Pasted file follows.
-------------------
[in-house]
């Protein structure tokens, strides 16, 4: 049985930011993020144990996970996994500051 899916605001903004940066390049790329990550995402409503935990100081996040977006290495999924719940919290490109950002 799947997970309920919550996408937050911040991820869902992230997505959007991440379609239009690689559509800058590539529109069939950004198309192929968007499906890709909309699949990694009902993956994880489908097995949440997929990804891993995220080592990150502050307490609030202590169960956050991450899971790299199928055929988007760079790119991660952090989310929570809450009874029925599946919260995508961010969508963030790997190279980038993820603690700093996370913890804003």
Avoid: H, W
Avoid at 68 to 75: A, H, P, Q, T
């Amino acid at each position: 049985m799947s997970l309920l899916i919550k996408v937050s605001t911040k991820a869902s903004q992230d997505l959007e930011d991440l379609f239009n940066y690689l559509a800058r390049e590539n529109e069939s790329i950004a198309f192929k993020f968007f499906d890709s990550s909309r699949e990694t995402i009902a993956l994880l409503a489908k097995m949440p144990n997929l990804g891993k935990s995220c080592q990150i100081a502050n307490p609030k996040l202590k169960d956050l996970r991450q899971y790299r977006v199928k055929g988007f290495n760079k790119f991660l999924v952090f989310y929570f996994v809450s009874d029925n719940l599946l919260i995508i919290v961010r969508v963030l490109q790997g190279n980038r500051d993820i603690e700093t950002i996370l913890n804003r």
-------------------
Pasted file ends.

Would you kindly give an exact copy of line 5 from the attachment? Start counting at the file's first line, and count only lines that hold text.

């Amino acid at each position: 049985m799947s997970l309920l899916i919550k996408v937050s605001t911040k991820a869902s903004q992230d997505l959007e930011d991440l379609f239009n940066y690689l559509a800058r390049e590539n529109e069939s790329i950004a198309f192929k993020f968007f499906d890709s990550s909309r699949e990694t995402i009902a993956l994880l409503a489908k097995m949440p144990n997929l990804g891993k935990s995220c080592q990150i100081a502050n307490p609030k996040l202590k169960d956050l996970r991450q899971y790299r977006v199928k055929g988007f290495n760079k790119f991660l999924v952090f989310y929570f996994v809450s009874d029925n719940l599946l919260i995508i919290v961010r969508v963030l490109q790997g190279n980038r500051d993820i603690e700093t950002i996370l913890n804003r």